A few days ago, an internal Intel note titled "AMD competitive profile: Where we go toe-to-toe, why they are resurgent, which chips of ours beat theirs" leaked to the web . It gives a very interesting view of the situation and shows how Intel perceives its biggest rival and what challenges the company sees.
Although the market is still largely Intel's, and AMD processors are found in less than 20% of PC, the company clearly does not underestimate the threat.
Technological, price and marketing differences
There are currently two companies on the market that use the 7-nanometer manufacturing process. Intel is not among them. These are Samsung and TSMC, which is a new partner manufacturing integrated circuits for AMD. Processors made in such a lithographic process have better performance and are more power-efficient. In addition, using the services of external manufacturers allows for reduction of costs. Meanwhile, Intel is only now entering the world of 10-nanometres lithographic process and plans to move to the 7-nm process in two years' time.
Intel recognizes that AMD is starting to win further bids to deliver its chipsets to business customers, and competition is particularly fierce where very high performance is needed. However, there is still a certain advantage of their processors in games and tasks using fewer cores and in the market for mobile solutions. Intel also sees its chance in the graphics market, where it intends to compete with AMD and Nvidia.
The note also highlights the importance of the benchmarks used for testing. It pays particular attention to the one used by AMD during Cinebench shows, which, as it puts more emphasis on multi-core performance, will always favor AMD systems. Hence, Intel's plans to focus more media attention on making processors less disconnected from reality.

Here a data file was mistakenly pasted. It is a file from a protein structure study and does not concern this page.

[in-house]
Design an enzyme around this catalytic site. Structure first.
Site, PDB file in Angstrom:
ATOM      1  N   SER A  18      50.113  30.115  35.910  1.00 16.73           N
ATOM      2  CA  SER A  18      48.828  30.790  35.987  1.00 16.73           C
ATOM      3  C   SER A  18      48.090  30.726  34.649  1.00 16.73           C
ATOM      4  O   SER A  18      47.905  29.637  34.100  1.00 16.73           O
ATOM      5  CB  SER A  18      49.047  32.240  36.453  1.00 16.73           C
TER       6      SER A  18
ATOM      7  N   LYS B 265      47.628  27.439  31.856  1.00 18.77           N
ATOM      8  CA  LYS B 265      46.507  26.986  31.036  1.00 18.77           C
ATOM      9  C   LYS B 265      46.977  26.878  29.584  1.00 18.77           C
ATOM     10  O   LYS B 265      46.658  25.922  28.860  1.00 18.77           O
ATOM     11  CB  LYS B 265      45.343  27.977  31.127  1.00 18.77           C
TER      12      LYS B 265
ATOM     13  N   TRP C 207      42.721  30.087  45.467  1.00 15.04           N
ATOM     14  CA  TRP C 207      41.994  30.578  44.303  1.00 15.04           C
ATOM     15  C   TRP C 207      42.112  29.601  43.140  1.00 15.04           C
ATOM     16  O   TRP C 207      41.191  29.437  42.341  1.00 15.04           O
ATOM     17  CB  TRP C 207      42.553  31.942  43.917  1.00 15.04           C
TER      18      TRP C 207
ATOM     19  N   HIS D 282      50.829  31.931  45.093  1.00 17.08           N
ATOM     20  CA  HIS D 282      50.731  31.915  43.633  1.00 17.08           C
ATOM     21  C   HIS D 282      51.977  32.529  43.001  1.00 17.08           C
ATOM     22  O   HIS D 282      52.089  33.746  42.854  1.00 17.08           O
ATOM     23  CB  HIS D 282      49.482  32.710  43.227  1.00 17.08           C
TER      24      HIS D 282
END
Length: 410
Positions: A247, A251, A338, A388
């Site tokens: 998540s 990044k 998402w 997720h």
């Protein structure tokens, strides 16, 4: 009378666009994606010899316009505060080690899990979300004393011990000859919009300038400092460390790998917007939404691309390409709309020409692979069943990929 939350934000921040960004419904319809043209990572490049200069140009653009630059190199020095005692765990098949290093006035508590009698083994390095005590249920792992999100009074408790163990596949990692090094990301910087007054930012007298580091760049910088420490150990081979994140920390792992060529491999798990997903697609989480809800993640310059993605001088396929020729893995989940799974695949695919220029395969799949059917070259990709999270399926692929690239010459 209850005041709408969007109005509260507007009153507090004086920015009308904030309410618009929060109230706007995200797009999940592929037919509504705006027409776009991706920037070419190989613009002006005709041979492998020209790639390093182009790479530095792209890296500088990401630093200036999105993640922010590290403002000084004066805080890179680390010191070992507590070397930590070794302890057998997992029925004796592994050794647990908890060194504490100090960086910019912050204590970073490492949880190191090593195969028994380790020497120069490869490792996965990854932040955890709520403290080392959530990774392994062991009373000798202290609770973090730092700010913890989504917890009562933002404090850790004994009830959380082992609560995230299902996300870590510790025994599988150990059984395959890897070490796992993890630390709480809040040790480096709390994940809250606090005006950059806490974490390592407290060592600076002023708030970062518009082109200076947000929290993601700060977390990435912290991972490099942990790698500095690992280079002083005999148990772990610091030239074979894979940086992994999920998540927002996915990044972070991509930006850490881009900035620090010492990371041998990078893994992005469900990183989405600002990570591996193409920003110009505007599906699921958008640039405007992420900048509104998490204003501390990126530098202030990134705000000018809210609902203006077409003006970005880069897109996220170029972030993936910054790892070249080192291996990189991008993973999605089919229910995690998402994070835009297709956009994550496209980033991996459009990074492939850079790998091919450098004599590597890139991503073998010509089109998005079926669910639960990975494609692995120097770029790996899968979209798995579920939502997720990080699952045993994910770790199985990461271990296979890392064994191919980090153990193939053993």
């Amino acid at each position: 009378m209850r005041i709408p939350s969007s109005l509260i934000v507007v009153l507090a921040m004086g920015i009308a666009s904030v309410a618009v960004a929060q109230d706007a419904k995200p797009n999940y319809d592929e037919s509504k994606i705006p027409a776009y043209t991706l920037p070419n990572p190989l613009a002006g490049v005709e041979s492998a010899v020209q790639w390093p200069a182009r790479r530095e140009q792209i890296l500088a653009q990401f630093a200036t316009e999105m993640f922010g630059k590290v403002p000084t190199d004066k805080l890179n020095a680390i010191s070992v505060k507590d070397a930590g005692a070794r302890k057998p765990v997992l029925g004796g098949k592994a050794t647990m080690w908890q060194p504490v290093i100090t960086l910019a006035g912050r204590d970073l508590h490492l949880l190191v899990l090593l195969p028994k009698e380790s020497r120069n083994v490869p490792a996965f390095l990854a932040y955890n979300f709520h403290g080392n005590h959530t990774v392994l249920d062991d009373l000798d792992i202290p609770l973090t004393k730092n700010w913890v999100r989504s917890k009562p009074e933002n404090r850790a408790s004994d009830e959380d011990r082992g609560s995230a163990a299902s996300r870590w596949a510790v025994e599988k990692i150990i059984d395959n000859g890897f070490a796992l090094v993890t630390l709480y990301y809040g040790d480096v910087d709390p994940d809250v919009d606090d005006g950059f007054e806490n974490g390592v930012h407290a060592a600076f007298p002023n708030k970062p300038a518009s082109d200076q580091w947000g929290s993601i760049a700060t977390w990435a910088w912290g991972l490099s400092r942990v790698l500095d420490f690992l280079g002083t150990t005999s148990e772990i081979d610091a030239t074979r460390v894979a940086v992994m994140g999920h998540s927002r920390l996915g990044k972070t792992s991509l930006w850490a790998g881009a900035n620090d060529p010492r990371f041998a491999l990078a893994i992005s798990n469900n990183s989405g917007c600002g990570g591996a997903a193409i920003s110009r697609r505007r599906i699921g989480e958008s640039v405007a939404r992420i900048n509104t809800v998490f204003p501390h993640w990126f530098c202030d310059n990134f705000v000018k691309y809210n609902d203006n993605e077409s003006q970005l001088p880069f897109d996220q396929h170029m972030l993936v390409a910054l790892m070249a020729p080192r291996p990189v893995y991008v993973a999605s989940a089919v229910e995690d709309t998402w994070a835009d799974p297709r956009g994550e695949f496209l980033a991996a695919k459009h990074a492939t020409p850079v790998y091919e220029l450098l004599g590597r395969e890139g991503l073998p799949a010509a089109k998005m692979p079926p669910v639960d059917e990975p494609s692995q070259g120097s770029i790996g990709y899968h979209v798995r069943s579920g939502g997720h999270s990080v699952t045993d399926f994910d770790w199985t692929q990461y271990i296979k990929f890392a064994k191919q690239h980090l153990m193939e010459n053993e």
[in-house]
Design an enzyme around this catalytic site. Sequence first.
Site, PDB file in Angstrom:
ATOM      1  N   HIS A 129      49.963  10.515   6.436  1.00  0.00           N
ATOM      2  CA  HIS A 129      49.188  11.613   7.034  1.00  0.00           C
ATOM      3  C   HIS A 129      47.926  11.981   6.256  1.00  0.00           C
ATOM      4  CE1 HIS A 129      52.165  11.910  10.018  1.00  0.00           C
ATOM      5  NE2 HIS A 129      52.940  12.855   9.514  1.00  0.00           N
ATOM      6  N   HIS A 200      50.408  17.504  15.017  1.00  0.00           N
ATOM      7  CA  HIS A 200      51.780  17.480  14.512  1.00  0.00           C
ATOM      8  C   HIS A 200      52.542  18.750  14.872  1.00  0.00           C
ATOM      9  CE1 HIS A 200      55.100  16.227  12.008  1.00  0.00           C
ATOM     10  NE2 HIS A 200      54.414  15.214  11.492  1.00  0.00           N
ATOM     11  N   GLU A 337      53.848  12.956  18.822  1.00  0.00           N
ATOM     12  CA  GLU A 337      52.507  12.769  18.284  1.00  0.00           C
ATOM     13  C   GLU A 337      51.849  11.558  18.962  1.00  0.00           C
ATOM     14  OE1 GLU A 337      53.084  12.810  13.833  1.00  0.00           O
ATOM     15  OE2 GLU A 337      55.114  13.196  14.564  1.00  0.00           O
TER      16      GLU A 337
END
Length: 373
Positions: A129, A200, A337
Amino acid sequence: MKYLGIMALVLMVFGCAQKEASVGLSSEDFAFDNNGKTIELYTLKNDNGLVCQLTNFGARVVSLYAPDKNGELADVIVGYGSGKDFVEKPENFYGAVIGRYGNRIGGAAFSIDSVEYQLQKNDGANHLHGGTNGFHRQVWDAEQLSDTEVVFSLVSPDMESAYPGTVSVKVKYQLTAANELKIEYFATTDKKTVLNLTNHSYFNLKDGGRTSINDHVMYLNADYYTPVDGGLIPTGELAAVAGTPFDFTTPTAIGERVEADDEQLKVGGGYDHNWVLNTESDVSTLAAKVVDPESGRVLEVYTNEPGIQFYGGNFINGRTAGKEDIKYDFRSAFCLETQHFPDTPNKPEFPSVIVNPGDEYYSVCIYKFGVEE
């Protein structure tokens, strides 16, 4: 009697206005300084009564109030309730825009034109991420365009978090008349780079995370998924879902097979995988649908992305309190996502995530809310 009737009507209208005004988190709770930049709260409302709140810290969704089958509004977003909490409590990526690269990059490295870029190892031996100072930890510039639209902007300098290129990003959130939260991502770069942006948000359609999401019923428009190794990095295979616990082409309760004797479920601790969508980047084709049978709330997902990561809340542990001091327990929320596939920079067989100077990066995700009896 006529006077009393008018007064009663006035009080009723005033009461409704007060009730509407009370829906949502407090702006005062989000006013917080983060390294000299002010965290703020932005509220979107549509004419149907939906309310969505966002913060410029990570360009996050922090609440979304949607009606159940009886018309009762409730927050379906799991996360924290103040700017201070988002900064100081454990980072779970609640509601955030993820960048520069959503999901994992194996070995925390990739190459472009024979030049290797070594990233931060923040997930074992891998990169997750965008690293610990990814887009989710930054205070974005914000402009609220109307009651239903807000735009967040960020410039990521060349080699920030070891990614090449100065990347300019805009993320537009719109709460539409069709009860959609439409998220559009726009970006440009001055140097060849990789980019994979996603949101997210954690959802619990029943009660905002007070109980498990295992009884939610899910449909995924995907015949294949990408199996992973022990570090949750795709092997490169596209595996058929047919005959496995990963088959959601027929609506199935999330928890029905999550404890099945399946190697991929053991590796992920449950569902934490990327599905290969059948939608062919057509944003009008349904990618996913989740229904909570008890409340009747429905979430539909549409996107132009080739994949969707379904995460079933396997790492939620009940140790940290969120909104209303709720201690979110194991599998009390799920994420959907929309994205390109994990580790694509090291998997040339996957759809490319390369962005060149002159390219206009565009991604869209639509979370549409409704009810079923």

What is Intel going to do from now on?
The company will focus on the "six pillars of innovation" that are to be key to retaining the advantage. These are process, architecture, memory, connections, security, and software. Intel also believes that just being a larger company with a broader product portfolio and 15,000 software developers is something that lets you think about the future with confidence. Employees who refer to the matter on the company's internal forum are not so optimistic.
The "secret sauce" section of this article makes me cringe. There isn't one piece of evidence that makes me hopeful for Intel in the short term when it comes to competing vs. AMD - no numerics at all, except for how big our former SSG is. Having more SW engineers than AMD? Not convincing.
Some employees even go one step further.
Intel is an ongoing meme among Reddit users. Regardless how you feel about an online forum, those are our product users. Many of them aren't willing to pay our premium with the current state of the market especially with Zen 2 coming. Will be interesting to see if that effects pricing in the near future.